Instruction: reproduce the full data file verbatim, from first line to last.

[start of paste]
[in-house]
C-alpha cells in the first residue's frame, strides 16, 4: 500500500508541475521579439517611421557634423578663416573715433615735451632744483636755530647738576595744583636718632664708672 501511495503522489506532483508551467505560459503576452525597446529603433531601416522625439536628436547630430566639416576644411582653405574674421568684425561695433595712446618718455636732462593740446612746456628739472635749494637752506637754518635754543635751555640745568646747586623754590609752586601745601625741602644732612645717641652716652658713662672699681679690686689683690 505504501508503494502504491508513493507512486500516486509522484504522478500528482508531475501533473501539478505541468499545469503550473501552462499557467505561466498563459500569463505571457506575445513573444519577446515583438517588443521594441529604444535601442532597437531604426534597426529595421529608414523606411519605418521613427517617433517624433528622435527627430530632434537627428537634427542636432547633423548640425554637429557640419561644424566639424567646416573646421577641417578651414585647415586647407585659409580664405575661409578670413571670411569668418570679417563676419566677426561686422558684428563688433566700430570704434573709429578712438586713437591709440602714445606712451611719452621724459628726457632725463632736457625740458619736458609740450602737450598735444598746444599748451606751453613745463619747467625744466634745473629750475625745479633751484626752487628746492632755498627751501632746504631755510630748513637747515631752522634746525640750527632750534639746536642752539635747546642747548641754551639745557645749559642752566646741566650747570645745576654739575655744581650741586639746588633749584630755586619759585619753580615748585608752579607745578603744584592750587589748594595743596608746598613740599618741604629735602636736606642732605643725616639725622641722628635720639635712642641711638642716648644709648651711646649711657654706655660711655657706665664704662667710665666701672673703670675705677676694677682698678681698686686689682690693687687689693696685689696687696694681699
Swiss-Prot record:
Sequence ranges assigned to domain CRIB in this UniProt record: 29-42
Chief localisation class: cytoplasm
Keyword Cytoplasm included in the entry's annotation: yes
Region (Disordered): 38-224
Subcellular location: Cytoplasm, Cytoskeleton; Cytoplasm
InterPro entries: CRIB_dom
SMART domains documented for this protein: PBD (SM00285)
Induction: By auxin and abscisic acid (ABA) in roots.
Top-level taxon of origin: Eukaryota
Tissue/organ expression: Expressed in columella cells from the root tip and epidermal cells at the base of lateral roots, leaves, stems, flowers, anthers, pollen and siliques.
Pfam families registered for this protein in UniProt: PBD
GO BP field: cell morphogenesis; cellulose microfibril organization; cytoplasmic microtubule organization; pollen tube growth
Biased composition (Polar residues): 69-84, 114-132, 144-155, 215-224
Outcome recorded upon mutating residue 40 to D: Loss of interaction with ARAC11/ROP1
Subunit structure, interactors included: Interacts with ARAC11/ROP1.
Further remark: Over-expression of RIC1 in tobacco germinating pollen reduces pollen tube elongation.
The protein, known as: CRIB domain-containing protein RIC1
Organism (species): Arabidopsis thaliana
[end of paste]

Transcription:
[in-house]
C-alpha cells in the first residue's frame, strides 16, 4: 500500500508541475521579439517611421557634423578663416573715433615735451632744483636755530647738576595744583636718632664708672 501511495503522489506532483508551467505560459503576452525597446529603433531601416522625439536628436547630430566639416576644411582653405574674421568684425561695433595712446618718455636732462593740446612746456628739472635749494637752506637754518635754543635751555640745568646747586623754590609752586601745601625741602644732612645717641652716652658713662672699681679690686689683690 505504501508503494502504491508513493507512486500516486509522484504522478500528482508531475501533473501539478505541468499545469503550473501552462499557467505561466498563459500569463505571457506575445513573444519577446515583438517588443521594441529604444535601442532597437531604426534597426529595421529608414523606411519605418521613427517617433517624433528622435527627430530632434537627428537634427542636432547633423548640425554637429557640419561644424566639424567646416573646421577641417578651414585647415586647407585659409580664405575661409578670413571670411569668418570679417563676419566677426561686422558684428563688433566700430570704434573709429578712438586713437591709440602714445606712451611719452621724459628726457632725463632736457625740458619736458609740450602737450598735444598746444599748451606751453613745463619747467625744466634745473629750475625745479633751484626752487628746492632755498627751501632746504631755510630748513637747515631752522634746525640750527632750534639746536642752539635747546642747548641754551639745557645749559642752566646741566650747570645745576654739575655744581650741586639746588633749584630755586619759585619753580615748585608752579607745578603744584592750587589748594595743596608746598613740599618741604629735602636736606642732605643725616639725622641722628635720639635712642641711638642716648644709648651711646649711657654706655660711655657706665664704662667710665666701672673703670675705677676694677682698678681698686686689682690693687687689693696685689696687696694681699
Swiss-Prot record:
Sequence ranges assigned to domain CRIB in this UniProt record: 29-42
Chief localisation class: cytoplasm
Keyword Cytoplasm included in the entry's annotation: yes
Region (Disordered): 38-224
Subcellular location: Cytoplasm, Cytoskeleton; Cytoplasm
InterPro entries: CRIB_dom
SMART domains documented for this protein: PBD (SM00285)
Induction: By auxin and abscisic acid (ABA) in roots.
Top-level taxon of origin: Eukaryota
Tissue/organ expression: Expressed in columella cells from the root tip and epidermal cells at the base of lateral roots, leaves, stems, flowers, anthers, pollen and siliques.
Pfam families registered for this protein in UniProt: PBD
GO BP field: cell morphogenesis; cellulose microfibril organization; cytoplasmic microtubule organization; pollen tube growth
Biased composition (Polar residues): 69-84, 114-132, 144-155, 215-224
Outcome recorded upon mutating residue 40 to D: Loss of interaction with ARAC11/ROP1
Subunit structure, interactors included: Interacts with ARAC11/ROP1.
Further remark: Over-expression of RIC1 in tobacco germinating pollen reduces pollen tube elongation.
The protein, known as: CRIB domain-containing protein RIC1
Organism (species): Arabidopsis thaliana